New York may be the center of the publishing universe, but not if Deep Vellum founder Will Evans has anything to do with it. Evans has ambitious plans for our city’s role in the literary landscape, even if he ended up here more or less accidentally.

“To be fair, I didn’t choose Dallas, Dallas chose me,” he explains. “My wife got a job here, so we moved in 2013. I created Deep Vellum around what Dallas has and doesn’t have: There’s a great arts community, and it’s not tapped out.

“The digital revolution has changed how we read and find out about stuff,” Will Evans says. “You can live in a place like Dallas and be part of the conversation.”
“It’s the future of publishing to be in a decentralized place. The digital revolution has changed how we read and find out about stuff. You can live in a place like Dallas and be part of the conversation.”

With a mission of publishing international literature in English translation, Evans was drawn to UTD’s literary translations program, one of the best in the country. SMU’s Dedman College of Humanities and Sciences dean Thomas DiPiero is also “a big supporter of translations,” according to Evans, assuring there will be plenty of home-grown talent emerging in the next few years to work with Evans’ stable of authors. READ MORE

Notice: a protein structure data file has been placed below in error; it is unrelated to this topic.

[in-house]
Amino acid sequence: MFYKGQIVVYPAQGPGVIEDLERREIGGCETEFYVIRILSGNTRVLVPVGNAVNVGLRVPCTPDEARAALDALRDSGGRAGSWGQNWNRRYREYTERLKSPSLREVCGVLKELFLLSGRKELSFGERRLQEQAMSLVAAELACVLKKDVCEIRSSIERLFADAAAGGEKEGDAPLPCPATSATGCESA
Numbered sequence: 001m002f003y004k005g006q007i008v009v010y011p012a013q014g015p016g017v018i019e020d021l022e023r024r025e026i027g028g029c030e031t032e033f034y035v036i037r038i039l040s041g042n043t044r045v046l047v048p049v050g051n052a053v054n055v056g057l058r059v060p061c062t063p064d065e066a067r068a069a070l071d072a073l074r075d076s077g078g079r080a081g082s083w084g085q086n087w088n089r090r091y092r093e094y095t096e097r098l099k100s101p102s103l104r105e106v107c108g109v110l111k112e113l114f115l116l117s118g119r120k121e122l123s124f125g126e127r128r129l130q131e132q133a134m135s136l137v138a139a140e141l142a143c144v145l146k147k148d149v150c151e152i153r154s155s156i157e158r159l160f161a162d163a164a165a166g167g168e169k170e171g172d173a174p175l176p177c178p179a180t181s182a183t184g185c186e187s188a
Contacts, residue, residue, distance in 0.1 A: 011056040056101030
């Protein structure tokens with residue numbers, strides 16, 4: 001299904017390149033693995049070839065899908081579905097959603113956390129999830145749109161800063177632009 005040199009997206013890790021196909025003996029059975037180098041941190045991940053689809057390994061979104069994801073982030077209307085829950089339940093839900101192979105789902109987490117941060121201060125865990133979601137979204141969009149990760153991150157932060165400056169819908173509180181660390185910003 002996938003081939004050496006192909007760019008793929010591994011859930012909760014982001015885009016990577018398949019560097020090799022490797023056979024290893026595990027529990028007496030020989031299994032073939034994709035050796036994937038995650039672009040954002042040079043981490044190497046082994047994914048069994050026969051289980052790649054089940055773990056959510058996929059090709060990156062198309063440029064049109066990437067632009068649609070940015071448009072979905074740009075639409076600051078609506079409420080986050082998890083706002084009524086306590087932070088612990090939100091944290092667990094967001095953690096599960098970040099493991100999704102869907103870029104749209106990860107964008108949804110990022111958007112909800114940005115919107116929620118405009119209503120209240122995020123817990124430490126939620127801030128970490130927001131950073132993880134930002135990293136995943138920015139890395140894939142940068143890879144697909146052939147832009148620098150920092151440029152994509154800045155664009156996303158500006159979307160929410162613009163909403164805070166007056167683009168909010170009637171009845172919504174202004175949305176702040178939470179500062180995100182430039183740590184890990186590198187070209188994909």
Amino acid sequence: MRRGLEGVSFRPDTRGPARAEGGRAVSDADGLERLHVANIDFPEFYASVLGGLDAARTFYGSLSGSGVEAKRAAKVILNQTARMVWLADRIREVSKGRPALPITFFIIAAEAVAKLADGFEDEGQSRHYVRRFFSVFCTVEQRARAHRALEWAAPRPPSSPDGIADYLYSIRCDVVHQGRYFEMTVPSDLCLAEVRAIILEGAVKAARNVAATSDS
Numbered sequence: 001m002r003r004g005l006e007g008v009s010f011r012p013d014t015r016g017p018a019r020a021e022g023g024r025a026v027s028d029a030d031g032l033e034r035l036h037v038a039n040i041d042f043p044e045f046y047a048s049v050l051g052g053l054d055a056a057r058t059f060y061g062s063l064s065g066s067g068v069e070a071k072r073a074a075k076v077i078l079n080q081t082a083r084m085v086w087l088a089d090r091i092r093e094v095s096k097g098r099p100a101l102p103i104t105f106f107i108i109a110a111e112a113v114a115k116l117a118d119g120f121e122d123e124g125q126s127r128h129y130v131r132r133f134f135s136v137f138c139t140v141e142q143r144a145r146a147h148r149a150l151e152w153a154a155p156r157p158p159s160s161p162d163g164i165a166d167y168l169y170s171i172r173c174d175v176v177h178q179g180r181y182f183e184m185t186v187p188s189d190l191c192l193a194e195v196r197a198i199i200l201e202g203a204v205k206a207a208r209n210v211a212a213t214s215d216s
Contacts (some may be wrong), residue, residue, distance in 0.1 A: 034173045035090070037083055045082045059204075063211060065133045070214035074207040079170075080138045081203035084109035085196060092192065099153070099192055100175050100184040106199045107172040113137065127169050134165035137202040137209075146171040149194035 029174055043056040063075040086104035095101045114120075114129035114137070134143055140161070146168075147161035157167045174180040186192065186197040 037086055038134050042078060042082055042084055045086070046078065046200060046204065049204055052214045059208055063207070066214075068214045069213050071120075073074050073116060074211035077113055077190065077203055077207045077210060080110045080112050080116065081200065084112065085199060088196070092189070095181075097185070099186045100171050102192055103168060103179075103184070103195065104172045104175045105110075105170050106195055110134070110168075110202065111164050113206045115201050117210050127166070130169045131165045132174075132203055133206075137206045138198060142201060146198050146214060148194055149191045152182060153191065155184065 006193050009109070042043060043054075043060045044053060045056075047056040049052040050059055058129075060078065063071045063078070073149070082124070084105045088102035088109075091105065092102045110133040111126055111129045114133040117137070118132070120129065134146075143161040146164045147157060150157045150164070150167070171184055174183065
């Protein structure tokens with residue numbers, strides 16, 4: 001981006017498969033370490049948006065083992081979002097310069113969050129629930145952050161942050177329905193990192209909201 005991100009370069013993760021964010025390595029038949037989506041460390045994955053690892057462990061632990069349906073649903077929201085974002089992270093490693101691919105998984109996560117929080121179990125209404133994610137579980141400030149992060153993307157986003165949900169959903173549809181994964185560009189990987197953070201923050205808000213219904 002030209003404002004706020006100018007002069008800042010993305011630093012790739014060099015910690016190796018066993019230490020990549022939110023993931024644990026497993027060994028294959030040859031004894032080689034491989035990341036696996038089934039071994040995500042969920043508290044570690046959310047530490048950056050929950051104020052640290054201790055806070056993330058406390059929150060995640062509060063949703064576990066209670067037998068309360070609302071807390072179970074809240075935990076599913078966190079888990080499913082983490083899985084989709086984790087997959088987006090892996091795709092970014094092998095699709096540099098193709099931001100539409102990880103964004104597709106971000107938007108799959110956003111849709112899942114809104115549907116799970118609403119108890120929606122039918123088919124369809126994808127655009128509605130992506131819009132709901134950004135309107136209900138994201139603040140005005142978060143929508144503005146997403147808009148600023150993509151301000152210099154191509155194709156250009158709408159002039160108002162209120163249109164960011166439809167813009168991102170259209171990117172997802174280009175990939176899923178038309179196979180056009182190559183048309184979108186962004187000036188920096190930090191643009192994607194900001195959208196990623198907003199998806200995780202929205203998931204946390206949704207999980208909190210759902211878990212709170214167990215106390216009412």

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Four Sociology majors inducted into Phi Beta Kappa

The Department of Sociology congratulates Marlon Carbajal, Erica Renstrom, Aubrey Richardson, and Kristen Yule for their academic accomplishments over the last four years. All four were inducted into Phi Betta Kappa honor society on March 1, 2015.

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Q&A with author who’ll speak at SMU on Armenian genocide

Dallas Morning News

Originally Posted: March 13, 2015

When Peter Balakian was a small boy, his grandmother filled him with stories seeped in magical realism, with mysterious yet baffling lines.

“A long time ago there was and there wasn’t,” she’d say.

Perhaps his tender grandmother was just nurturing a fellow poet and soon-to-be historian of one of the great epic traumas opening the 20th century. She was a survivor of the Armenian genocide 100 years ago in April 1915.

Her grandson would eventually become her scribe, portraying her in his award-winning memoir, Black Dog of Fate.